Sign in to comment!

Celeb Homes

Fate of Prince's Properties Is a Cautionary Tale on Estate Planning

iStock_91873697_MEDIUM-e14707659893-764d88522f076510VgnVCM100000d7c1a8c0____

Minneapolis (Ben Harding)

The world may still be mourning the loss of musical pioneer and cultural icon Prince, but that hasn't stopped speculation around the future of the singer's estate -- including the almost 20 properties he owned, valued at an estimated $28 million. The performer was found dead in one of those properties, his Minneapolis-area compound Paisley Park, in April from an overdose of a prescription painkiller.

Last week, the trust managing Prince's estate sought court permission to be able to sell the compound, as well as a slew of other properties owned by the late luminary, TMZ reported. But just a day later, administrator Bremer Trust announced it had no plans to sell Paisley Park, worth about $7 million, or the house featured in the 1984 cult classic flick "Purple Rain."

A trust official said in an affidavit that the homes need to be sold to pay off estate and income taxes and afford the ongoing maintenance and administration bills on the remaining properties, according to the New York Daily News.

Compounding the problem is that no will from the late singer has been found. With potential heirs coming out of the woodwork, it's unclear what will happen to his estate. (A judge threw out claims from 29 alleged beneficiaries last month and ruled eight people could get DNA tests to prove their claims to Prince's estate.)

"Get a plan in place is the biggest lesson learned from Prince's estate," says New York -- based estate attorney Kerrie Horrocks, at Moses & Singer. "You control what happens to your assets, including your real estate and your belongings."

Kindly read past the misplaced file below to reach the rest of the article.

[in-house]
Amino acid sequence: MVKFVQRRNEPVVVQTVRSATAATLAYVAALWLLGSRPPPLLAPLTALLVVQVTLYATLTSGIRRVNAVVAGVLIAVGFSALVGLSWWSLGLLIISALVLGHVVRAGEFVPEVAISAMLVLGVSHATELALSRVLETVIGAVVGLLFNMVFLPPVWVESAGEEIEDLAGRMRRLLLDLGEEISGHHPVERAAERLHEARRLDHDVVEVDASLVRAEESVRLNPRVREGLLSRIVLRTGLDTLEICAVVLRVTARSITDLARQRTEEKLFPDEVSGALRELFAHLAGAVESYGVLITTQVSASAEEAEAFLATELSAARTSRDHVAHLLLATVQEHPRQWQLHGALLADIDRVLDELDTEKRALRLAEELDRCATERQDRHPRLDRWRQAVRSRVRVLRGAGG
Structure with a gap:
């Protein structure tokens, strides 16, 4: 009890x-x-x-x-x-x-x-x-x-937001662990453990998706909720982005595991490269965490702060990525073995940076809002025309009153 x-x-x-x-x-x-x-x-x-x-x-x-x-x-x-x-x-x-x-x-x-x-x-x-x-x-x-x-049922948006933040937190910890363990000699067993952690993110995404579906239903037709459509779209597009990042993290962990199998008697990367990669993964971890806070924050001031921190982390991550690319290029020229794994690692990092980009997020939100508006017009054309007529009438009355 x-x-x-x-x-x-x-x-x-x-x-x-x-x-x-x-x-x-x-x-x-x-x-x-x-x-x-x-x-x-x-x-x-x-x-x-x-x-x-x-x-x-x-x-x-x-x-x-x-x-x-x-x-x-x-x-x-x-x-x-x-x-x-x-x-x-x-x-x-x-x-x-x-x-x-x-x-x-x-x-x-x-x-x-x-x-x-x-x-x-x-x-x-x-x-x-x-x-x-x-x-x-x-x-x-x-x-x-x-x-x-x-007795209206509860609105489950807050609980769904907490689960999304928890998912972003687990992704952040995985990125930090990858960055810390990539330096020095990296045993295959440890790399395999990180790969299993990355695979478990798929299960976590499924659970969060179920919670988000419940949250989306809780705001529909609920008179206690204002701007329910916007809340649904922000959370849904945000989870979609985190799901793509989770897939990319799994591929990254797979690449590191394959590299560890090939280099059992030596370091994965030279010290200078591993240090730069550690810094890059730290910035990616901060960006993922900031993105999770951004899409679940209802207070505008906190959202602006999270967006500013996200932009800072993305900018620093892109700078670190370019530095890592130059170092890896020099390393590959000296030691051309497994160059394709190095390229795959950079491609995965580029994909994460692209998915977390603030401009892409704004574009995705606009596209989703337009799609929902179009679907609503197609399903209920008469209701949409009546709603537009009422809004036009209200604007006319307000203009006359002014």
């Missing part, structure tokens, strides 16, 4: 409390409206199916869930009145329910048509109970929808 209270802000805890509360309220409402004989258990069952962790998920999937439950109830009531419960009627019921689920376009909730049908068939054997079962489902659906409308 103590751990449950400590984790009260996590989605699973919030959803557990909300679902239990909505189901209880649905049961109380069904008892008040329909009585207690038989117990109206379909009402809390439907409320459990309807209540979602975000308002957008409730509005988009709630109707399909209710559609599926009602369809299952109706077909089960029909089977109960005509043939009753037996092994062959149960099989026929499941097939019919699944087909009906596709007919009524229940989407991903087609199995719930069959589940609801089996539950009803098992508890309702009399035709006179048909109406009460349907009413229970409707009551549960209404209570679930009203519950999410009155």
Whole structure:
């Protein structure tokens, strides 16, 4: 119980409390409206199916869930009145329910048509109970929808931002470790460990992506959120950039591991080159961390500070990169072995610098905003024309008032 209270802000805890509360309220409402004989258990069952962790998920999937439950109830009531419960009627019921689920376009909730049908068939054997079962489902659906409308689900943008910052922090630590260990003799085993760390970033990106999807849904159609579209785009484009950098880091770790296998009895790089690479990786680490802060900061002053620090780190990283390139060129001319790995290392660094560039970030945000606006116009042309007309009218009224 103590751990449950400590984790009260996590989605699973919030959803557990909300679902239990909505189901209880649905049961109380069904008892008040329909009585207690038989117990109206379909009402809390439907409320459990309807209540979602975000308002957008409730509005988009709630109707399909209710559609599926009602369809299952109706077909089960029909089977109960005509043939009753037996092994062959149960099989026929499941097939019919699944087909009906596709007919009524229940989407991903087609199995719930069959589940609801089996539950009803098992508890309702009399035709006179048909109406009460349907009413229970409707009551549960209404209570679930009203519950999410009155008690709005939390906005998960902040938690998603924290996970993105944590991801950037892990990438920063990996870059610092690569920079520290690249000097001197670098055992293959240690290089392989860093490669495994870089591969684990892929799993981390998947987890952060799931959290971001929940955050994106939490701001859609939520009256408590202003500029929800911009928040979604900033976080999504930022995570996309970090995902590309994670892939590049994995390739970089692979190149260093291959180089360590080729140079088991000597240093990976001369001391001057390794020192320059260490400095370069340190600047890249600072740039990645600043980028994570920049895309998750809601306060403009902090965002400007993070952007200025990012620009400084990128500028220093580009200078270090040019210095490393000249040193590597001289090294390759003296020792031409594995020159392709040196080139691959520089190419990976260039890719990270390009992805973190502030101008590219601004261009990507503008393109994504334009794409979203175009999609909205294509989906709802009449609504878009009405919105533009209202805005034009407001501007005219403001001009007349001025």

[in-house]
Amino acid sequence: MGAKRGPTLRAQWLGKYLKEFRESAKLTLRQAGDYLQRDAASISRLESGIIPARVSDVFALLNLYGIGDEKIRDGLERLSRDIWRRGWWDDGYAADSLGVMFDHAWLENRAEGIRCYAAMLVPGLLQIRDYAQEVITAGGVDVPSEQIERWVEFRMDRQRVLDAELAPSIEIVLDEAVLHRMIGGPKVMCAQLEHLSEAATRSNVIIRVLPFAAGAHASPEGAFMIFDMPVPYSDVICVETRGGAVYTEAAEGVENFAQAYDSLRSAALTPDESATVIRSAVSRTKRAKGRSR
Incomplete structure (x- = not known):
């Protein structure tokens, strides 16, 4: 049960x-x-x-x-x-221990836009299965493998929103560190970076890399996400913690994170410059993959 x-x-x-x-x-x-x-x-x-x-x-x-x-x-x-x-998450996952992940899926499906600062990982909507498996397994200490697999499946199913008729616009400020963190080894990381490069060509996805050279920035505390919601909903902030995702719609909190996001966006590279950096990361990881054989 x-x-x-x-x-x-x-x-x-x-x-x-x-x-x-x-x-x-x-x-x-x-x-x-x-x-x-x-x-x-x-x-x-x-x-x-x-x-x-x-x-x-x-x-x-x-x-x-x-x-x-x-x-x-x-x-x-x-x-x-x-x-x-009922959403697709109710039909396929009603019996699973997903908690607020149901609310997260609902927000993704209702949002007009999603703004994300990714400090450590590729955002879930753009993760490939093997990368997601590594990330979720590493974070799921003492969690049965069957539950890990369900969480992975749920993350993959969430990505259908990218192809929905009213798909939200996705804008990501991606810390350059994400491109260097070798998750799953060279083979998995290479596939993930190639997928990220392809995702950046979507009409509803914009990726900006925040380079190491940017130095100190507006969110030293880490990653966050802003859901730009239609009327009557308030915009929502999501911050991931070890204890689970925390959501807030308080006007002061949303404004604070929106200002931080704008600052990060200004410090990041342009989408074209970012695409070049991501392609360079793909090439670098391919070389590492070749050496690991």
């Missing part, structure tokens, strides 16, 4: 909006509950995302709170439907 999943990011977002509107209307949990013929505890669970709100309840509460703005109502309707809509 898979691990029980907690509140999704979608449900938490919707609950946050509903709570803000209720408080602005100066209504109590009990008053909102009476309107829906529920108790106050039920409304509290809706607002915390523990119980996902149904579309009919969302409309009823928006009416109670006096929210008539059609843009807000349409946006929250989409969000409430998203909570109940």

Prince's half-brother Omarr Baker signed an affidavit on Monday claiming he was promised he could live in one of the homes the trust initially planned to sell, the Daily News reported. He had cared for Prince's mother, Mattie Shaw, there until her death in 2002 in exchange for the home, according to the affidavit filed in Minnesota Probate Court.

Another Prince sibling, Alfred Jackson, had been in talks to turn the 60,000-square-foot Paisley Park, located in Chanhassen, MN, into a museum honoring his half-brother, according to the Daily News.

When there's no trust or will and it isn't clear who's in charge, a court will typically appoint an administrator to manage the estate. That administrator then has the power to sell the property or rent it out -- with the goal of transferring the assets to the heirs, Horrocks says.

To avoid these sorts of disputes and confusion, Horrocks recommends that owners of multiple properties consider creating revocable living trusts. The trusts are a lot like wills -- except individuals can still control their properties and make changes to the trusts until their deaths.

But unlike a will, which family members can contest in court if they weren't left what they wanted, trusts are much harder to challenge. And they allow someone to come in and manage the estate immediately, perhaps making decisions on much-needed repairs or sales, rather than leaving it in limbo while a will makes its way through the courts.

The wealthiest 1% who own more than one property in more than one state can also set up limited liability companies (LLCs) for each home that then could be owned by the same trust, says Staten Island, NY -- based estate attorney Richard Luthmann.

This protects the personal assets of wealthy owners if someone slips and falls on their properties and sues. It also gives the rich and famous a bit of anonymity, as their names aren't on the deeds of their land. And if set up correctly, it could protect their heirs from paying potentially hefty estate taxes on inheritances well into the millions.

It seems likely that Prince's heirs, whoever they may be, will wind up shelling out quite a bit for those estate taxes -- an estimated $100 million is due come January, according to the BBC.

That's why when there are multiple homes and multiple heirs, it's often easier to just put the properties on the market, Horrocks says.

"It's easier to distribute cash and everyone can go their separate ways," she says.